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RCBF Fails Target to Give 70000 Rural Premises Superfast Broadband

Saturday, Jul 5th, 2014 (7:50 am) - Score 1,011

The government’s controversial £20 million Rural Community Broadband Fund (RCBF), which originally aimed to help remote rural areas in the last 5-10% of England gain access to superfast broadband, will fall well short of its original target to help up to 70,000 premises and is instead only set to pass between 20-25,000 premises.

The fund has faced considerable difficulties ever since it first opened up for bids in 2012 because of a conflict with the national and BT dominated Broadband Delivery UK (BDUK) scheme, which currently aims to make superfast Internet connectivity available to 95% of the population by 2017.

State Aid rules prevent RCBF funding from being used to overlap an existing NGA broadband network, such as the one that BT is building through the BDUK process, but in order to avoid this altnets (smaller ISPs) need to know where BT’s network will go. Sadly many alternative ISP schemes have struggled to get access to this vital coverage and speed data due to objections and buck-passing between both BT and local councils, which is despite BDUK pushing for the release (here).

In fairness BDUK’s roll-out is fluid and the recent addition of another £250m has once again encouraged councils to consider further coverage expansion. This, in combination with the fact that deployment plans can change depending upon the issues faced by engineers on the ground (e.g. Cornwall’s original target of 80% coverage ended up being lifted to 95%), make it hard to give reliable coverage data until after the programme has finished.

Never the less a new update from the Government’s Department for Environment, Food and Rural Affairs (DEFRA), which was recently uncovered by ISPreview.co.uk while scouring through Government documents for new information, claims to examine the impact of RCBF investment on premises with the potential to receive superfast broadband.

It reveals that, based on contracted projects a total of 2,118 domestic, business and other premises (between 2013/14 and 2014/15) in hard-to-reach rural areas are anticipated to have the potential to receive superfast broadband as a result of RCBF investment in England. These premises are all within the first 3 community projects to be approved for funding from the RCBF (here, here and here).

The update states that more projects are “expected to be contracted in due course” and readers will note that a growing number of previously proposed RCBF schemes and funding have now found themselves being merged with the BDUK and BT scheme at Local Authority level (17 schemes in all). It also confirms that the RCBF had an original target of up to 70,000 premises to have the potential to receive superfast broadband by mid-2015, but this will now be missed because it’s proven more expensive to connect people than first envisaged.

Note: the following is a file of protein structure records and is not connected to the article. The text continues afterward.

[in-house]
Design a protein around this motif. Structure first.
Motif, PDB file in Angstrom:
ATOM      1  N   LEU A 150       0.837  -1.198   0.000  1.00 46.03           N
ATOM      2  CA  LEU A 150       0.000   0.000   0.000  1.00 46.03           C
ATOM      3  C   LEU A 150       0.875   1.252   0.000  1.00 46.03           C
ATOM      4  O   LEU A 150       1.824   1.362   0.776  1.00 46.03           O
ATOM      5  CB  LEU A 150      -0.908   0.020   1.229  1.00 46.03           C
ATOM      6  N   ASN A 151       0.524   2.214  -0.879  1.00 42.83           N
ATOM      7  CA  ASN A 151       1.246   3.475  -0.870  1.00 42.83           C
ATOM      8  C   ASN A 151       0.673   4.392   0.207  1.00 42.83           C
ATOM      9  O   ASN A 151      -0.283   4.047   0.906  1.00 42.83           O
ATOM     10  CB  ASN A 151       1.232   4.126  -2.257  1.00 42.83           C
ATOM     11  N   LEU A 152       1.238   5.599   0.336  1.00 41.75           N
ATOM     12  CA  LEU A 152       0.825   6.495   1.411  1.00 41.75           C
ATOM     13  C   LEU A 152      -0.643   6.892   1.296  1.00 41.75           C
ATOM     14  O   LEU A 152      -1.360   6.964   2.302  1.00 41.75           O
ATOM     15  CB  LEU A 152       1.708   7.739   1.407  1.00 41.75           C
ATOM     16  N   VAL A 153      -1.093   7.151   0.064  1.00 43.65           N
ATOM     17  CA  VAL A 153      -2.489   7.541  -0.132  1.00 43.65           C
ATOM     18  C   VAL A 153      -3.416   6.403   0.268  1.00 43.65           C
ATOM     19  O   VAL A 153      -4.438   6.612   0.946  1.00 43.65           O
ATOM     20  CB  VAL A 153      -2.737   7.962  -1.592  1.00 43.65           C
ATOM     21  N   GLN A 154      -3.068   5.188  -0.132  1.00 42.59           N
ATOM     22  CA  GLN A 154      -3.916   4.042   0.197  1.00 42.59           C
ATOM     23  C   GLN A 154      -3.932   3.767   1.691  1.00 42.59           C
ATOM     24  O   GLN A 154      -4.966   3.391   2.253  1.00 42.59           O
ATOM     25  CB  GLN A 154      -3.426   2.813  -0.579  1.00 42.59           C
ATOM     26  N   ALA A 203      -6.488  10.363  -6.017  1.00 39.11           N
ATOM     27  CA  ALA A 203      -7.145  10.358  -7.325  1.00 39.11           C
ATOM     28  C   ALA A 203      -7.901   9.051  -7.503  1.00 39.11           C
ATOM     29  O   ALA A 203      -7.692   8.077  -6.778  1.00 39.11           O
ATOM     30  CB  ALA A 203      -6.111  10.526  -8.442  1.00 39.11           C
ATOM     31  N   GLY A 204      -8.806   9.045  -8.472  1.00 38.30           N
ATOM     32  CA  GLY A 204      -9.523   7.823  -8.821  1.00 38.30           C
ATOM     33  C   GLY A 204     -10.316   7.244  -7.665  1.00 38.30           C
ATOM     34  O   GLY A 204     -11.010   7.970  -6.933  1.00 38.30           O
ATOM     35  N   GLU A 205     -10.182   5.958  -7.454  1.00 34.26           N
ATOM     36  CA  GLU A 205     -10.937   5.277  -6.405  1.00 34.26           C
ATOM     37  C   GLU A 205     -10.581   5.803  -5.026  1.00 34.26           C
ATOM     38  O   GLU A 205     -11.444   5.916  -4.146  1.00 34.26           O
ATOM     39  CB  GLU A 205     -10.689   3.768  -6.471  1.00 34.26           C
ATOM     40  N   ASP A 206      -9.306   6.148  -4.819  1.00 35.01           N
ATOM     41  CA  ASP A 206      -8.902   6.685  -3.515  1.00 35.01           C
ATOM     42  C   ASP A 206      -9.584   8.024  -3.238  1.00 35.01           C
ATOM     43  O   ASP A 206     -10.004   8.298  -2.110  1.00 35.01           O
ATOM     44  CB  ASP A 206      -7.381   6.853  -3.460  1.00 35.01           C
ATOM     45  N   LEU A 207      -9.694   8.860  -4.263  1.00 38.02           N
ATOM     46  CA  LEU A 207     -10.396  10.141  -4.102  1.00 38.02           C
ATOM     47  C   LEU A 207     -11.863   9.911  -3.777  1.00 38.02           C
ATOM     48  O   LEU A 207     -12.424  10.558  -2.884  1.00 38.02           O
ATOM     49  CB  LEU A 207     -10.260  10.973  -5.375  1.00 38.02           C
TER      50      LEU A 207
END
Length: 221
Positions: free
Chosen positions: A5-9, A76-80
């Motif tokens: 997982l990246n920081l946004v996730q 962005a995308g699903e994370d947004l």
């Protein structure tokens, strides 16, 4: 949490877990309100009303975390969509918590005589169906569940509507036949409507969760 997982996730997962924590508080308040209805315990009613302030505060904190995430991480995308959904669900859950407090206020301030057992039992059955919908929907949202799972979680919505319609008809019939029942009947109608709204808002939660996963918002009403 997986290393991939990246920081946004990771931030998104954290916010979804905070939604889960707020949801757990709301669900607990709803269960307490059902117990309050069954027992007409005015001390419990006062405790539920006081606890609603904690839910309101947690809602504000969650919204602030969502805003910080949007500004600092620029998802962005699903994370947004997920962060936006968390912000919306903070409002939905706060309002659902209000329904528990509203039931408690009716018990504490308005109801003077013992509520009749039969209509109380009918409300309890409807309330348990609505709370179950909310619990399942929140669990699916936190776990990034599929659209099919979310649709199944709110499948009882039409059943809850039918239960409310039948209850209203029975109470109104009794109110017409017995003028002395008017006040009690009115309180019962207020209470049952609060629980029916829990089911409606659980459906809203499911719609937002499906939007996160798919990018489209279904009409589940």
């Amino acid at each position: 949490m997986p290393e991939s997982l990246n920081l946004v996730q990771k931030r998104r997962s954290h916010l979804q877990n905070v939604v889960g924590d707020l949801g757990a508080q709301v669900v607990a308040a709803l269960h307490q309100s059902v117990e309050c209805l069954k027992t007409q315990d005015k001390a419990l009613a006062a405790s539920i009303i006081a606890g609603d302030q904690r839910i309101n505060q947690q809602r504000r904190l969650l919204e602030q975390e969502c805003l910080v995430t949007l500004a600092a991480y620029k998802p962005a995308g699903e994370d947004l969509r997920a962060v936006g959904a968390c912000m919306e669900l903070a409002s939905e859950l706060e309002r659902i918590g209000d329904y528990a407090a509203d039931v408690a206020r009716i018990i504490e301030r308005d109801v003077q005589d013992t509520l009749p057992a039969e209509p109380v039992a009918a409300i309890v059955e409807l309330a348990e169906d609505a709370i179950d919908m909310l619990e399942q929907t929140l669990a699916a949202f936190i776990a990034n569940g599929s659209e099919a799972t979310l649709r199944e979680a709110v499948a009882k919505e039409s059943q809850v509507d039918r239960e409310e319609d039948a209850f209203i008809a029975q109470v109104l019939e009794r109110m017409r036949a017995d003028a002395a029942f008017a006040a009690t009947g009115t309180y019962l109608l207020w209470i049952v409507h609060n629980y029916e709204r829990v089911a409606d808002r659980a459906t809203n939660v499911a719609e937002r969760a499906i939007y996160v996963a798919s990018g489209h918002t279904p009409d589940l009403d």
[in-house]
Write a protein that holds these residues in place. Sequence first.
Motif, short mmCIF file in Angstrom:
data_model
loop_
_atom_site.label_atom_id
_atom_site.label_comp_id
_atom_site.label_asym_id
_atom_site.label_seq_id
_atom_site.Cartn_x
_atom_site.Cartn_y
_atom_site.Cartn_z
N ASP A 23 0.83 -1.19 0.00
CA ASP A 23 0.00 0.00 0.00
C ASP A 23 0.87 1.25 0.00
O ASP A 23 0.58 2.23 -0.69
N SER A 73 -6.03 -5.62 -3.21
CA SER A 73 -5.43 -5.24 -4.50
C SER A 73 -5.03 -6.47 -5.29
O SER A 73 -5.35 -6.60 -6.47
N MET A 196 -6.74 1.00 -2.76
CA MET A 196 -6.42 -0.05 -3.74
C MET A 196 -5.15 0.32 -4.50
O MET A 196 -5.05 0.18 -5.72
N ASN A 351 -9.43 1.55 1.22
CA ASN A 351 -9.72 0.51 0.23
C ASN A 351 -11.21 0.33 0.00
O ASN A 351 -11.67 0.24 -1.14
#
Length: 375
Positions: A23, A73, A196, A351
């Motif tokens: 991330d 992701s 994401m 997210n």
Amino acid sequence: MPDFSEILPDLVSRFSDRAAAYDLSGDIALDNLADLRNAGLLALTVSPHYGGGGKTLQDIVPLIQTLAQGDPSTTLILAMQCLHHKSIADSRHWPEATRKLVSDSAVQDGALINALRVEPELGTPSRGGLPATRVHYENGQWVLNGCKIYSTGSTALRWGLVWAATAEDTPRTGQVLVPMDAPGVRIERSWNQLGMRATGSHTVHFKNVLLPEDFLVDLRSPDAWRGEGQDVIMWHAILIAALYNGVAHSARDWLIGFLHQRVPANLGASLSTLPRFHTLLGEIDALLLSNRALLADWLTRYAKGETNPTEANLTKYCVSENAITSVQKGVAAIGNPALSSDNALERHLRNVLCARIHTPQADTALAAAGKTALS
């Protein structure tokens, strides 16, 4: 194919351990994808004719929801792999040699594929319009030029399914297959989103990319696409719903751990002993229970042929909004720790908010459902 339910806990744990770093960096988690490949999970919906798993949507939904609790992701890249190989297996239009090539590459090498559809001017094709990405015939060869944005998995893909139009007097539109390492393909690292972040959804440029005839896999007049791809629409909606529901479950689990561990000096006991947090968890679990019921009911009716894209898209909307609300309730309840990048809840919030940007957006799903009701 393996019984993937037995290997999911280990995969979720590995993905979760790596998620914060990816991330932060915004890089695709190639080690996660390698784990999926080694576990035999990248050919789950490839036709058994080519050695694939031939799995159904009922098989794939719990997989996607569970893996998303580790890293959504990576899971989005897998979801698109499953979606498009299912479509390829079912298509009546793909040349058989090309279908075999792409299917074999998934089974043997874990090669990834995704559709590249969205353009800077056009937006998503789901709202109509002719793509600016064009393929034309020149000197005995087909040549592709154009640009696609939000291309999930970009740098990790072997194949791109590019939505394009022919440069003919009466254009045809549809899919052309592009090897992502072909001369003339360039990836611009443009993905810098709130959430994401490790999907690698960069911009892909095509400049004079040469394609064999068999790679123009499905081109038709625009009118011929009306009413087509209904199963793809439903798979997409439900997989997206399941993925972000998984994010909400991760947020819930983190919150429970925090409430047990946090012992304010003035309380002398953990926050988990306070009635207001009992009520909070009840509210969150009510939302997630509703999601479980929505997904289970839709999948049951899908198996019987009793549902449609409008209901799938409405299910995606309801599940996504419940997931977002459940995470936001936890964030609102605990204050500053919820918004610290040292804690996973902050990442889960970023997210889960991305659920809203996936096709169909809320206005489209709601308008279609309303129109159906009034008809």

DEFRA’s RCBF Statement – Future Target Expectations

At the time the RCBF was launched in November 2011, it was envisaged that the maximum amount of grant the RCBF would normally provide per premise would be based on a benchmark of up to £300 (excluding VAT). This meant that if the RCBF of £20 million was fully utilised then 66,666 premises would be given the potential to receive superfast broadband by mid-2015. It was recognised at the time that the final target figure could be lower depending on the average costs per premise and grant rate approved.

In the event, the costs per premises passed in the final hard to reach areas have proved to be significantly higher than originally anticipated, and this has been a factor in reducing the numbers of premises capable of being passed under the Fund. Applications submitted to the Fund are expected to result in approximately 20-22 projects, passing between around 20-25,000 premises, for areas not in scope of the broadband projects under the main Government rollout programme.

Seventeen of these projects are led by Local Authorities and are due to be delivered as extensions to existing Local Authority contracts under the main rollout programme. As such these 17 projects will be reported by DCMS as part of the DCMS Broadband Performance Indicator on superfast broadband, rather than through this RCBF indicator.”

The Fund itself has been closed to new bids since last year and the current Rural Development Programme for England (RDPE) will also be coming to an end on 31st March 2015. Suffice to say that the outcome will probably not come as a huge surprise to anybody and the Government’s recent move to launch the £10 million Innovation Fund (here) seems to be another stab at the same area, albeit on terms that are arguably more open and favourable to non-BT projects.

The Government said this week that they plan to use the £10m fund to establish how much investment will be needed to lift the national superfast broadband target from 95% to 100% (here).

By Mark Jackson
Mark is a professional technology writer, IT consultant and computer engineer from Dorset (England), he also founded ISPreview in 1999 and enjoys analysing the latest telecoms and broadband developments. Find me on X (Twitter), Mastodon, Facebook and .
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